Tuesday, July 19, 2016


My wargaming bestie James was over last weekend for the third instalment of what we call OP THUNDERING DICE.   Since we moved further apart last year, we have been running an ongoing series of slumber parties, and this time, ROTO 3, we decided to play another game of War of the Ring, try Sharp Practice 2 with my ACW collection, and then play a fantasy game of Dragon Rampant.

James got caught up in the Friday not rush north to cottage country and arrived late and somewhat frazzled, but some barbecued goodness and a beer downrange later, he was good to go.   We started with War of the Ring (2nd ed) by Ares Games.  You can read his account of our weekend here.  It was our second complete game.  The first time I played Mordor, this time I played the noble and winsome free peoples.  Both times Mordor lost when the Ringbearer achieved his quest.   It was a near run thing, and it turned on the draw of one chit.  Some would say that a game which invests so much in the military and political aspects of the war, and then hangs on a couple of dumb hobbits meandering through Mordor, isn’t really much of a game at all.   Well, I suppose, but you could argue that one could say the same thing about Tolkien’s book. We had fun, at any rate.

On to Saturday, when The Other Mike joined us.   James introduced us both to Sharp Practice, the second edition of Too Fat Lardies’ well known black powder skirmish game.  We threw an evenly matched force of Yanks and Rebs on the table.   Other Mike and I were new to these rules, though I’ve played SP1, but despite that faint advantage, Other Mile picked it up very quickly.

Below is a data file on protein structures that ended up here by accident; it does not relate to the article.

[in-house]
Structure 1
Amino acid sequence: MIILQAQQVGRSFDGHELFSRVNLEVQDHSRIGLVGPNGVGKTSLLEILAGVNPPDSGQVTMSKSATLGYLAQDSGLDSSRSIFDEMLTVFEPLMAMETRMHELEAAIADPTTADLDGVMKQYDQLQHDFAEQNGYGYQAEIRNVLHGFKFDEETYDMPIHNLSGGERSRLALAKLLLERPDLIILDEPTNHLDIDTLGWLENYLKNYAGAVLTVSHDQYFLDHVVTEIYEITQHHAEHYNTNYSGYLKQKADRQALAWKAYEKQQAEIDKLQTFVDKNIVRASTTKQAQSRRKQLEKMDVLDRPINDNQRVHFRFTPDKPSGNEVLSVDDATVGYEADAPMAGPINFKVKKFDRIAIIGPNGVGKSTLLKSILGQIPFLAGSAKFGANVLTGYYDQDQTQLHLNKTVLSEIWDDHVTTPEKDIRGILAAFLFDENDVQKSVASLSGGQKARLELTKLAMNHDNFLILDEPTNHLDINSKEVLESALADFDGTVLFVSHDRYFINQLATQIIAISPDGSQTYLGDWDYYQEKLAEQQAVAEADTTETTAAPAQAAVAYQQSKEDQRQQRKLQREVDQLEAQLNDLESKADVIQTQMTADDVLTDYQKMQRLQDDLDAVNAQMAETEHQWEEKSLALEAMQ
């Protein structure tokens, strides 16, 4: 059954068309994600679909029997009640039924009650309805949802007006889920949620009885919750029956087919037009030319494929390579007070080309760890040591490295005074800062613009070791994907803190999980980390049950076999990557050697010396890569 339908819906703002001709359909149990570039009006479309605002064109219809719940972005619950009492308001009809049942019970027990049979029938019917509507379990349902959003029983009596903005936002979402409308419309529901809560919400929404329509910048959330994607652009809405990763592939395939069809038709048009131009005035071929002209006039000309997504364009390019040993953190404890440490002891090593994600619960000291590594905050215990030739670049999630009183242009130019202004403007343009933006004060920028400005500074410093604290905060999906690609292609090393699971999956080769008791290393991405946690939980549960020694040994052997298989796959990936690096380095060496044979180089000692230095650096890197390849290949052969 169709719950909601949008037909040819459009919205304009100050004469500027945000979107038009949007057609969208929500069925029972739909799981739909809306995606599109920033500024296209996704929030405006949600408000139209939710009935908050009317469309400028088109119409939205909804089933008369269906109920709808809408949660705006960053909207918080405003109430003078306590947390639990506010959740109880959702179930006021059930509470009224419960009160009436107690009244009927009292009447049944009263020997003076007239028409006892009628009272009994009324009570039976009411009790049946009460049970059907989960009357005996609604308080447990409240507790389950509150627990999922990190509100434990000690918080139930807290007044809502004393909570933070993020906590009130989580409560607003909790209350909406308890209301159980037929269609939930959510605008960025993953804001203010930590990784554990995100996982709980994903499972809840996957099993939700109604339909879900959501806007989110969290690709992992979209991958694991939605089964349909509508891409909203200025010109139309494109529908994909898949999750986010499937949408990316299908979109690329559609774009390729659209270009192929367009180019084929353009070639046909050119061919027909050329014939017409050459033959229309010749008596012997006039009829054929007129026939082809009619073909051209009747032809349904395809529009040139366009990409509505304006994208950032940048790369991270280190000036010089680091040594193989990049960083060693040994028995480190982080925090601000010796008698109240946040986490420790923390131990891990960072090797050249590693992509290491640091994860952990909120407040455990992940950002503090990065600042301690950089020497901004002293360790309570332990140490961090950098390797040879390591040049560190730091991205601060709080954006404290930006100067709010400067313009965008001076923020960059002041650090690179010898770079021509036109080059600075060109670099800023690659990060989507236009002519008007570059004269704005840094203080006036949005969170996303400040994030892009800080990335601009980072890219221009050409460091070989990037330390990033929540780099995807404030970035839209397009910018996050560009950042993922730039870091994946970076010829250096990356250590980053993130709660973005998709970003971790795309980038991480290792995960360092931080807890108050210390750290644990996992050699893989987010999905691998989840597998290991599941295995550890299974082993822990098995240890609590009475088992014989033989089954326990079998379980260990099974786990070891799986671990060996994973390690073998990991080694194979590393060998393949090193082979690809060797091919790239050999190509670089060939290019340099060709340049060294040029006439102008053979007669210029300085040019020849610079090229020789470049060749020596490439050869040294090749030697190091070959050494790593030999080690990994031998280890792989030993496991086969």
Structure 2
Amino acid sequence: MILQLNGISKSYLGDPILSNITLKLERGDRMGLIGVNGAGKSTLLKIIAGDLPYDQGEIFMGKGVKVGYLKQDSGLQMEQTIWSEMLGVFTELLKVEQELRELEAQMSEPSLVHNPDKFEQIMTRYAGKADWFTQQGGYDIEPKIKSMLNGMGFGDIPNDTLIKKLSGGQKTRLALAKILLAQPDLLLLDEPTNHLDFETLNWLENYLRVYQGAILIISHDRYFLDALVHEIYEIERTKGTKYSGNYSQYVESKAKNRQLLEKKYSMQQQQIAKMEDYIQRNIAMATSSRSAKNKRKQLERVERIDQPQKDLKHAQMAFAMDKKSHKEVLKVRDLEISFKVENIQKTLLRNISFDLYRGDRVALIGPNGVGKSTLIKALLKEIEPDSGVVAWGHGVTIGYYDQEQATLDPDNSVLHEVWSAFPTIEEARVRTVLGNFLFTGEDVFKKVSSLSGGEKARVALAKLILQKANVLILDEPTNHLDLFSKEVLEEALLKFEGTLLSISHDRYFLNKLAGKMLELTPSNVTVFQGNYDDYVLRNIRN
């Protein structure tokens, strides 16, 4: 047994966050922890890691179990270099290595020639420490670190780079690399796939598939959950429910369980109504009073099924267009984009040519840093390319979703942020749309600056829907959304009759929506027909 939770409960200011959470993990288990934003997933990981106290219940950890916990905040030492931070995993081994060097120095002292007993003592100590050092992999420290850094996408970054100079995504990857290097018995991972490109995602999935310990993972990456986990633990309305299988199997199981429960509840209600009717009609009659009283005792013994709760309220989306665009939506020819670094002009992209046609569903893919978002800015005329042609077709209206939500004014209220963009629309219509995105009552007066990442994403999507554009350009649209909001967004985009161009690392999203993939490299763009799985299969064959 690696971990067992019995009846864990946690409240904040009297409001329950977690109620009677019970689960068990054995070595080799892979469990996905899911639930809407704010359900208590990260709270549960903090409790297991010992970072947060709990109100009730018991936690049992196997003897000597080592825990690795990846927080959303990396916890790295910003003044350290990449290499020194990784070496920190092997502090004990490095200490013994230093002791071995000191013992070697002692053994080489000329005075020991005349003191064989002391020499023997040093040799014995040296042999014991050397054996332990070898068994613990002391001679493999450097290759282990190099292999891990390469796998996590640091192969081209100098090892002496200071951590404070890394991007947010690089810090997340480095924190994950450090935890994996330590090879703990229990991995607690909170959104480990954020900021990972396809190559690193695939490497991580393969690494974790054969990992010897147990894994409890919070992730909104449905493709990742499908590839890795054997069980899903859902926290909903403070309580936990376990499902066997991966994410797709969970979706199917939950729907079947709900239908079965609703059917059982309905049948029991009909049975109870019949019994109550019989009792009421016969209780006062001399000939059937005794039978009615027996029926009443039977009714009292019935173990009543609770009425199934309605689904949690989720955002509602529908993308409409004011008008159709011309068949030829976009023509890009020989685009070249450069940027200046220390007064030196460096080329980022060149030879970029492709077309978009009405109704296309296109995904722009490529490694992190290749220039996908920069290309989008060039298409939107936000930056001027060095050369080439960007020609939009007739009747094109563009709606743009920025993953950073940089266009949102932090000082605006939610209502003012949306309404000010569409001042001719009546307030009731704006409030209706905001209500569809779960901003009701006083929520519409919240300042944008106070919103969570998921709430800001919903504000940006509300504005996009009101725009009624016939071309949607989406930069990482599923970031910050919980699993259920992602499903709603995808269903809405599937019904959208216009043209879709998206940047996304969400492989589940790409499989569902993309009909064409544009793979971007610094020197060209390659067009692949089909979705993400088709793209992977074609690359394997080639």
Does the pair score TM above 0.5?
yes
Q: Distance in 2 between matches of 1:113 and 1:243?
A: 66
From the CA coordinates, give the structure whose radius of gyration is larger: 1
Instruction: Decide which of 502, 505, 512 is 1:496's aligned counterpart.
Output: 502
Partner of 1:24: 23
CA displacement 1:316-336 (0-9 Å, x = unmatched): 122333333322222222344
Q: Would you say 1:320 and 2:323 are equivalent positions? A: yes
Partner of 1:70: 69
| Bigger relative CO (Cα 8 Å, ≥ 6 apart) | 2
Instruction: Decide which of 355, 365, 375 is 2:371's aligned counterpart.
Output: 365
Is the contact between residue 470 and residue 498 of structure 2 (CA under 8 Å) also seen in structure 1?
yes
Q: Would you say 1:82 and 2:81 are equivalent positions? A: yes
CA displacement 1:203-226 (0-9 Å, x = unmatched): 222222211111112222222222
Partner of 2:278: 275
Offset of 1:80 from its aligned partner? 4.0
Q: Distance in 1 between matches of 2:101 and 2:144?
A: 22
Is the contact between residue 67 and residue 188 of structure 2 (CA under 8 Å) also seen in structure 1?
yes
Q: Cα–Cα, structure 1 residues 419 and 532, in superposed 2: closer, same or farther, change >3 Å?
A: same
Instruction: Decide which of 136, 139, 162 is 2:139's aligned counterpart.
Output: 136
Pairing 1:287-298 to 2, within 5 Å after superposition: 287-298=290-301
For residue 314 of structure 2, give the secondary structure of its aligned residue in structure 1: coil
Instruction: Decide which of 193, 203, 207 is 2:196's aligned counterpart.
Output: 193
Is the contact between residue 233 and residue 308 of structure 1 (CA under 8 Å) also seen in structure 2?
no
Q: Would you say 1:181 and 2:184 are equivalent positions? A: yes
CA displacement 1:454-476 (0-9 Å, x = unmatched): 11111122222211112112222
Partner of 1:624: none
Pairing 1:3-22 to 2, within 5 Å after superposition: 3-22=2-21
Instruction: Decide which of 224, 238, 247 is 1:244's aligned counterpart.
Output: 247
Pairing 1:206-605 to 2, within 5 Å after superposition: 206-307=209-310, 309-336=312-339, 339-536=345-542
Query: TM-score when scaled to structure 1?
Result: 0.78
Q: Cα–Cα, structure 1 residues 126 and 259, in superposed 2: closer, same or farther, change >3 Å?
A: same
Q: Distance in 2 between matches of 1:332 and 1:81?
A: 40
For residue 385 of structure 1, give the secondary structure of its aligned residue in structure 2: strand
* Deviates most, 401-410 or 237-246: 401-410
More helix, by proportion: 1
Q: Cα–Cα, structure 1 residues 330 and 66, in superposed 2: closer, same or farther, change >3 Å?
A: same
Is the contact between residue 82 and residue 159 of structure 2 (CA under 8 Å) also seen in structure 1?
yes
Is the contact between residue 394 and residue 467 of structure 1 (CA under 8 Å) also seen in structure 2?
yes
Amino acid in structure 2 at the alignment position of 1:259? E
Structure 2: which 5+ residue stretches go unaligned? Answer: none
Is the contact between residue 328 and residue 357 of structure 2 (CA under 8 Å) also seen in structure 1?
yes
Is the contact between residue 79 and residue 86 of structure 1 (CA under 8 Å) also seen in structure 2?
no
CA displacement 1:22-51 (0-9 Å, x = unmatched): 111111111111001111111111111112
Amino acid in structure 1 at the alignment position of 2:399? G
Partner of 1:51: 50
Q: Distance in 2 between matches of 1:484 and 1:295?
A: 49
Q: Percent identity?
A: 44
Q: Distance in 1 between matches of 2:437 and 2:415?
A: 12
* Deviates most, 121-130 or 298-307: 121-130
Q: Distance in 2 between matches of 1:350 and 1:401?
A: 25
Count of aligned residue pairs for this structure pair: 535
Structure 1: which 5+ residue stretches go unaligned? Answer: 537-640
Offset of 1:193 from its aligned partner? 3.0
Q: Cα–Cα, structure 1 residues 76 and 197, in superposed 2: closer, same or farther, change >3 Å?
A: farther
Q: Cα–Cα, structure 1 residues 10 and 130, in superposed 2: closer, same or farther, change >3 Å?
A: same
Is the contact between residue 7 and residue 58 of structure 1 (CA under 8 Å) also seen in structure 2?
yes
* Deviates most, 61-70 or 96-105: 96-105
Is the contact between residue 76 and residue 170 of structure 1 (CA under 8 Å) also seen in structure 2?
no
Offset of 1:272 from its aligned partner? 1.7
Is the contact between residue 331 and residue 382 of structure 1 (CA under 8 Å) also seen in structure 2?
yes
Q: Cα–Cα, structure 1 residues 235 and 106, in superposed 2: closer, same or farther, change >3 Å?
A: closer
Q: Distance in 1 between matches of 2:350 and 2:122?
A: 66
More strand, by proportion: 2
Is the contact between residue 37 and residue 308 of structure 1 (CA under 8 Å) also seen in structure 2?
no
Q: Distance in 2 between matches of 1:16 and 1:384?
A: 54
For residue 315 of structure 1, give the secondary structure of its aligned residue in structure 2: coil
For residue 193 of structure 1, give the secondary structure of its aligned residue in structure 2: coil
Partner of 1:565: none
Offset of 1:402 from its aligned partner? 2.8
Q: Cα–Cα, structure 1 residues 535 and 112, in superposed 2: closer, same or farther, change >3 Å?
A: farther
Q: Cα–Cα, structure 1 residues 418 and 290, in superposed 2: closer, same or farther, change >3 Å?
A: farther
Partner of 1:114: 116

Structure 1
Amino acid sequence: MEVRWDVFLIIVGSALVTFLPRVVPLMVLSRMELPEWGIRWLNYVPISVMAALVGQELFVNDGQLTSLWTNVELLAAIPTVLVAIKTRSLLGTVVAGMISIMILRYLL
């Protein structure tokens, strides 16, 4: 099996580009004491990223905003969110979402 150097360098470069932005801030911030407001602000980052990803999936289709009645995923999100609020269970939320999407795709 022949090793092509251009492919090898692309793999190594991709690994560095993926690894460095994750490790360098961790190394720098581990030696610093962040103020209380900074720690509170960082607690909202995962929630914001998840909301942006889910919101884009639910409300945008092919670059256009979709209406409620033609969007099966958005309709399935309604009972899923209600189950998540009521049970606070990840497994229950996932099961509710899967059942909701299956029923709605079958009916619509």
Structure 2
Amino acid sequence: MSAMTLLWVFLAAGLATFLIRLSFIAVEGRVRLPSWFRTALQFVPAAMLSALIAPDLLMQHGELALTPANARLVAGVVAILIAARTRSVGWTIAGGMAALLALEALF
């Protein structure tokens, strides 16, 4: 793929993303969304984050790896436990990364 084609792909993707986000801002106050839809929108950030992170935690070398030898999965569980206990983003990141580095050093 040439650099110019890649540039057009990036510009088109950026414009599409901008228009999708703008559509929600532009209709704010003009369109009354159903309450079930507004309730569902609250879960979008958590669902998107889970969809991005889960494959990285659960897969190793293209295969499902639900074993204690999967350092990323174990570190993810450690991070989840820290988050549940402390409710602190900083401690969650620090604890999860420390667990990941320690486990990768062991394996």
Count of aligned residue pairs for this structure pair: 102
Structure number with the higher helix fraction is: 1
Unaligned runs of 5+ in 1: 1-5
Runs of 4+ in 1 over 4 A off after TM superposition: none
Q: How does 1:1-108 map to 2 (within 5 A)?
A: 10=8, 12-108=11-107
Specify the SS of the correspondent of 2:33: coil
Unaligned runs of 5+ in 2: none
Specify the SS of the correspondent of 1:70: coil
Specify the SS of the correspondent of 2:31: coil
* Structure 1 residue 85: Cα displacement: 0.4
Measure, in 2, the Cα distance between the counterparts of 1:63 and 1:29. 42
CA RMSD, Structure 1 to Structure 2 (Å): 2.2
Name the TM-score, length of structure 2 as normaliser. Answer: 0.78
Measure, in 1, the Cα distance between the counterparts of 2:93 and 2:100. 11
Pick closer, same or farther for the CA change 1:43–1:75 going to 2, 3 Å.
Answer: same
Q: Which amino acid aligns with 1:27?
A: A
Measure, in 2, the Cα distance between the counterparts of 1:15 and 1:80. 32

Here the gallant Major #5 leads his Union boys forward to try and flank the Rebel line.

My company on the left wing gets into line and goes up against an equal number of Yanks.   However, the extra Union Big Man keeping their line steady, plus those annoying Yank skirmishers in the cornfield, would make it difficult for Rebs.  However, it’s the little hill on the right where the game will be decided.

Shock builds relentlessly and my line breaks.  As shock exceeds the number of troops standing in each group, the formation breaks up.  One thing we didn’t realize was that each time a group retreats because of excessive shock, it lowers the overall Force Morale of they side, and that’s a bad thing.  We almost lost the game when this formation was defeated.


The game was, as I said, decided on the right.   Here in this incredibly amazing, exciting action shot, Other Mike’s troops charge down off the hill and shatter the Union left.    It helped enormously that we were able to get our skirmishers on to the right flank of the Union line.

All of us liked SP2 enormously.   As Other Mike noted, it really felt like a subset of a regimental battle that you read about in the battle histories.   It had a gritty, small-unit feel that was very satisfying, and very different from another ACW game we like, Sam Mustafa’s Longsteet.